If I've done my calculations correctly, in order to use the same mount and screen positions I'd have to tilt the projector just a few degrees and use keystone correction. Any idea how much it would affect picture quality?
I seem to recall from one of your posts that you've had look at the HD72(correct?)...if so, what did you make of it? At the price, it seems almost too good to be true.

Adie.
 

Peter Parker

Distinguished Member
Hi Adie

The HD72 has a little 'digital lens shift', as it has a 1280 x 768 mode that you can slide the 1280 x 720 image up and down in, but obviously it's not as flexible as the HT1000 was. With a fixed screen you can tilt the pj up, and tilt the screen out at the bottom to equalise the angles, but that may not be as easy with a pull down screen. Digital keystone can often look better than you think with video, but some test patterns or other fixed images can sometimes have an odd 'Atari logo' looking pattern within in it, so it's not always invisible when used. I did like the HD72 - a friend of mine has one, and it's great value like you say. It's whether or not it can work in your room. How much flexibility have you got on screen placement?

Maybe another xga 4:3 machine would be better suited, and you can use an HTPC with Zoomplayer to get the 16:9 portion in the correct position if the pj itself doesn't have that facility.

Gary
 

adieboy

Active Member
Hi Gary,

Afraid it won't be possible to tilt the screen, as I now have a tab-tensioned affair. It was very expensive but worth it, as my viewing room is also our living room, so the other half quite reasonably objected to the idea of a fixed screen.

The projector sits over a large bay window, which nearly reaches the ceiling and fires into the room. Hence the need to keep the projector close to the ceiling - long extension bar mounts are pretty much out as it would look unsightly hanging in front of the window.

The screen could be moved up the wall but I don't really like straining my neck while viewing.

At the price, the HD72 does look an attractive proposition. I've done a little measuring up and if Optoma's figures are correct I may just be able to get away with it, a slightly longer drop on the mount and move the screen up just a few inches - let's just hope I remember my algebra correctly...in my day, we used a slide-rule and an abacus...thank God for the scientific calculator!!!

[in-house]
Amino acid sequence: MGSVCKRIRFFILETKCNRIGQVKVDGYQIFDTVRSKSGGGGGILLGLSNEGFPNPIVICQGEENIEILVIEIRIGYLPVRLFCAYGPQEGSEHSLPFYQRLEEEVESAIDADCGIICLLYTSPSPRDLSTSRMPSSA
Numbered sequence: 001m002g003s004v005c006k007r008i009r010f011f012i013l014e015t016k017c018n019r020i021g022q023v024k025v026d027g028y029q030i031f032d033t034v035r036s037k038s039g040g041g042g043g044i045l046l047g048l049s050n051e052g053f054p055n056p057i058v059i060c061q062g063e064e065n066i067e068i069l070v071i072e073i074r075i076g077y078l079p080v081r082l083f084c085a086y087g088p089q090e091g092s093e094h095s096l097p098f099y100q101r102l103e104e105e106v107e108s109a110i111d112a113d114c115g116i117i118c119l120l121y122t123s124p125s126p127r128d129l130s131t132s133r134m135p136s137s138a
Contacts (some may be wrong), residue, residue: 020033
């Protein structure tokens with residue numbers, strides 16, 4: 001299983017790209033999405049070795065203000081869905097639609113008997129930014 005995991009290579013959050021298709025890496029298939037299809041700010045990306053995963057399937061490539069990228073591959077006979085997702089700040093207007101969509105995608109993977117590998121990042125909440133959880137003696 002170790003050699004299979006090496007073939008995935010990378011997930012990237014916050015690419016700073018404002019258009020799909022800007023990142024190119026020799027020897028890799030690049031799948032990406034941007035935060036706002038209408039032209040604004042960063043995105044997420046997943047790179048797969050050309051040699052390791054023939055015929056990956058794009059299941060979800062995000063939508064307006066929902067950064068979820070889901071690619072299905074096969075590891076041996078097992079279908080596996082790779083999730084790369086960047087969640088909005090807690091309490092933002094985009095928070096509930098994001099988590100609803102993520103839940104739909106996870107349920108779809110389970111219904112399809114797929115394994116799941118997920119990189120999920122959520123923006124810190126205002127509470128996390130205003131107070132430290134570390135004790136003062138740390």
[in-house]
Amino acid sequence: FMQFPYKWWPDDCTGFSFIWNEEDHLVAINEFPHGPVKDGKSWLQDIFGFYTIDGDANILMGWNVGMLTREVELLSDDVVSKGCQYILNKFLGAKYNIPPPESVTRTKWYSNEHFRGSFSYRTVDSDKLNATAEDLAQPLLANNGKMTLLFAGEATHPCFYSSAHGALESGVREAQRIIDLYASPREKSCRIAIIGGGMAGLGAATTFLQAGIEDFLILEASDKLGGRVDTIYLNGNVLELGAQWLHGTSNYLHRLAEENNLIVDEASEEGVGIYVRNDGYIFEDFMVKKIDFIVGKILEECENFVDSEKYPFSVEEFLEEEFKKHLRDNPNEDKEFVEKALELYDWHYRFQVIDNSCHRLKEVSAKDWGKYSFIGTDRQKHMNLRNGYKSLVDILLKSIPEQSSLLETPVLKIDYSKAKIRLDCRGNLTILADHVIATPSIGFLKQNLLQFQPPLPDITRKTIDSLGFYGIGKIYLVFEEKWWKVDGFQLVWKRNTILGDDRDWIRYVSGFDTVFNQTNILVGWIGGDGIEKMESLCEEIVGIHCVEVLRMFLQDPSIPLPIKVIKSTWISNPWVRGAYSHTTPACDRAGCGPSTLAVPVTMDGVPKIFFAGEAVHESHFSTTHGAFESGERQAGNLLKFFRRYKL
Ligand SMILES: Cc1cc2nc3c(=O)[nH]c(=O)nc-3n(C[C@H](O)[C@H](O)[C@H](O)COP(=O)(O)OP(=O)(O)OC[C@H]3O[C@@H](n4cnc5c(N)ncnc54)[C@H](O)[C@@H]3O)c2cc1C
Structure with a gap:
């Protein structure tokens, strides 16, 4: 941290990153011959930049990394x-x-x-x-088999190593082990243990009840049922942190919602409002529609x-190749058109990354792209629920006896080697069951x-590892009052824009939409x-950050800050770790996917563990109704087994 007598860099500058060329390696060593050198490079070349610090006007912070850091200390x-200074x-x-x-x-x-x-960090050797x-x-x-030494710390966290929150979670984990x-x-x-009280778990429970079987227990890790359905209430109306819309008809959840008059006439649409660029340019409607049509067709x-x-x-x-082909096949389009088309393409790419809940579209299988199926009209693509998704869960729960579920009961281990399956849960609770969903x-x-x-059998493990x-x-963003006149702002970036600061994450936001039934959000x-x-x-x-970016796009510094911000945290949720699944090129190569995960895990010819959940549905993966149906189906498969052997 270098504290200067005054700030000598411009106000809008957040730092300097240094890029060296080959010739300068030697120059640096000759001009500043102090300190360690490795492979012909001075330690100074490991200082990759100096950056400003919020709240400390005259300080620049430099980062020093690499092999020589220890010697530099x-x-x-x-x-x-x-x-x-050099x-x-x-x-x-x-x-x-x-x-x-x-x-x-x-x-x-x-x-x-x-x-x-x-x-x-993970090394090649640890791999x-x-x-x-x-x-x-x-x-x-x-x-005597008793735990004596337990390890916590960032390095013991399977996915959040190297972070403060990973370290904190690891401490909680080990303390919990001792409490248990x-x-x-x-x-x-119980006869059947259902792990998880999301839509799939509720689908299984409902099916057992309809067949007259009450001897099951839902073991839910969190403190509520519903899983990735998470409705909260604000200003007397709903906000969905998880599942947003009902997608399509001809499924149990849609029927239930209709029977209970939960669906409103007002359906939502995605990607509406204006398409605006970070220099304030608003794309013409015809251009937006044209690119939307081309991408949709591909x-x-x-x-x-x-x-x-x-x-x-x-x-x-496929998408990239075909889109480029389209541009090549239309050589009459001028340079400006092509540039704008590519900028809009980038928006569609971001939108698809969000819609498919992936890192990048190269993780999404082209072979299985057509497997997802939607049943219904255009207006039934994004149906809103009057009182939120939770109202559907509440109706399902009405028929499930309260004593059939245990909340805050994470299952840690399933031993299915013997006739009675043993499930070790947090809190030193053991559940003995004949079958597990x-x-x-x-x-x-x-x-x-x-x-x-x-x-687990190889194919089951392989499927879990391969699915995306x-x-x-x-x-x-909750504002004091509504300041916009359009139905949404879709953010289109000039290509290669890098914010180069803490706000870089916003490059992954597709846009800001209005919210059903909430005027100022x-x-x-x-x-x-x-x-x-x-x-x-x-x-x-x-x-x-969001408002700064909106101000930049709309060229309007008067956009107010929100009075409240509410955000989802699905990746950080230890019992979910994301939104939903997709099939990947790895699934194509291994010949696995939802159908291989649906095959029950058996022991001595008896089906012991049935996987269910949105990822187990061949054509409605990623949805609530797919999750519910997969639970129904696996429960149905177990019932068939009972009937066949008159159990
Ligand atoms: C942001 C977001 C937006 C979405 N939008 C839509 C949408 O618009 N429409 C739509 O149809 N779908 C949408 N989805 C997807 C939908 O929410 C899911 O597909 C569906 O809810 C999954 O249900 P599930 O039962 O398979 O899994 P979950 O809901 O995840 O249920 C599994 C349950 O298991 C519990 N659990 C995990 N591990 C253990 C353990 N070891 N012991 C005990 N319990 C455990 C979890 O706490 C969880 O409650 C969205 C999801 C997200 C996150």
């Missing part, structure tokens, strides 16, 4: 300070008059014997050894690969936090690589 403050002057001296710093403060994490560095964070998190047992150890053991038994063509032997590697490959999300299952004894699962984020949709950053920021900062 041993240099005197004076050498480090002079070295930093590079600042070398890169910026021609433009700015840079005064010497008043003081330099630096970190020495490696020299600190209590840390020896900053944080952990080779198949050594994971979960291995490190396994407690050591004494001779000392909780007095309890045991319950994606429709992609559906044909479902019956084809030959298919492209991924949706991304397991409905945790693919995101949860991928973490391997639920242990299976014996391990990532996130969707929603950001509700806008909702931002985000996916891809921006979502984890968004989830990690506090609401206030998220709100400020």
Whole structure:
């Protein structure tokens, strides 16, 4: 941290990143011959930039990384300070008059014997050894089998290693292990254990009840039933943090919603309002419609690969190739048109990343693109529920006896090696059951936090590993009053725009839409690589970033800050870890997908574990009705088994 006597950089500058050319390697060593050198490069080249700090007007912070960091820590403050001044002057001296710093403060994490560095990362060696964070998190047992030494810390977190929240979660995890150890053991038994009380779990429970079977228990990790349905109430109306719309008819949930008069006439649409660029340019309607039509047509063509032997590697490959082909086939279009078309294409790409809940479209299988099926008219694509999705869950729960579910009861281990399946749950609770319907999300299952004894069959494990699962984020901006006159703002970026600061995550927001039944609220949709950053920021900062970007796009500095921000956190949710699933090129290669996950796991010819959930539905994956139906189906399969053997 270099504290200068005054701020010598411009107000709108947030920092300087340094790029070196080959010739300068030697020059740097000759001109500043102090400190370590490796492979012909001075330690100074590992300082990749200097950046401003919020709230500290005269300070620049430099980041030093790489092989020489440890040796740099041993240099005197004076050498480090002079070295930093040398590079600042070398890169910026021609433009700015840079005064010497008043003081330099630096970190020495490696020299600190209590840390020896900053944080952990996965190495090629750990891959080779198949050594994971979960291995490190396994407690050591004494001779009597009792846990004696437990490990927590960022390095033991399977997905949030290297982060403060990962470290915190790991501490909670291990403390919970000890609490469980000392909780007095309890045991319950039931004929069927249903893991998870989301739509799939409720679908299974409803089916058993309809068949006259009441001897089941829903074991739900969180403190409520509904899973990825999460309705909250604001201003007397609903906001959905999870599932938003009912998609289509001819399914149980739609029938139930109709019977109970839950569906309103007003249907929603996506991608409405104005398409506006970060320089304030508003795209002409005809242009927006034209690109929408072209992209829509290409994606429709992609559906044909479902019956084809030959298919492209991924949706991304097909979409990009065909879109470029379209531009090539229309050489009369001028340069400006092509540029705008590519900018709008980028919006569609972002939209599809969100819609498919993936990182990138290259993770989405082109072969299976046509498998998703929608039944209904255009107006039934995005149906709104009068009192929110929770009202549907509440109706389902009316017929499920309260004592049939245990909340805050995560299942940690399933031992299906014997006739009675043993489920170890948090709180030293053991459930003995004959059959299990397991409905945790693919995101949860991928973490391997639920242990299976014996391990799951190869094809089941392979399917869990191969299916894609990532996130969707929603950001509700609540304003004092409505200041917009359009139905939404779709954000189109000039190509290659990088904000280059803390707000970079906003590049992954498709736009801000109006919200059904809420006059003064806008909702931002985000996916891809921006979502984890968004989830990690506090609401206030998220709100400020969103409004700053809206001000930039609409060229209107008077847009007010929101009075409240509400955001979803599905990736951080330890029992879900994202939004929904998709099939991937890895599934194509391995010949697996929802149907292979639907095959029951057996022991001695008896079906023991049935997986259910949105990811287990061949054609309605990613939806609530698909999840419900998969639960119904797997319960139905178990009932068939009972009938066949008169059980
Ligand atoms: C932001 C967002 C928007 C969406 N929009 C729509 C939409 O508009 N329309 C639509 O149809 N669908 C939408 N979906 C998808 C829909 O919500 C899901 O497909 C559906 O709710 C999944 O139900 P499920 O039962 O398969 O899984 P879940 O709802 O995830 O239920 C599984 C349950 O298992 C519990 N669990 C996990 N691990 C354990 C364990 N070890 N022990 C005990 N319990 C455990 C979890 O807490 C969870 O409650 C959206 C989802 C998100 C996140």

Adie.
 

adieboy

Active Member
Hi Gary,
A quick google suggests it would cost around £210 just to take the cover off.
Then, whatever they reveal. With a residual value of £300-£500, I have to ask myself if it's worth it.
It's definitely a thermal issue, fine when first powered up, plain distracting after an hour or so ...fan?...thermostat?

Anyway, in the meantime, I've ordered a HD72 from Sevenoaks here in Bristol.

I just hope my math is correct... Optoma's literature's a little confusing.
Most manufacturers describe offset in terms of % of screen width/height but the literature on the HD72 uses angle of offset. There's a little "digital shift", thanks to the 768 line chip, so fingers crossed, it won't take to much tinkering to accomodate.
Away to Cornwall for a week as of tomorrow. By the time I return, Sevenoak should have the goods.. I'll let you know how easy (or not) it was to fit/calibrate.

Regards Adie.
 

Peter Parker

Distinguished Member
Hi Adie,

Can you hear the fans working? What about having it on high fan mode all the time (but still with the lamp in eco mode)?

There was a menu option for the fan, so that would be a way to see if you can hear it working. I'm not sure how many fans it has though, so it's possible that one may have failed.

What will you do with the pj after you have the HD72 up and running?

Gary
 

NonPayingMember

Previously Liam @ Prog AV
Didn't the HT1000 have a 3-year, on-site, next-day, swap-out warranty?? Can't remember if the third year was full cover or not, but certainly in the first year if you had a problem NEC would send Business Post out with a flight case with a replacement unit it it, and the Business Post guy would take the old. Usually would be a newly reconditioned unit, not sure if they still have any stock (the new HT510 is not a par with the HT1000) but you might still be able to get something under warranty???

Also the first batch of HT1000 had horrible tearing where the colour wheel was sticking at 60Hz on 50Hz material. I wonder if a firmware upgrade might do something.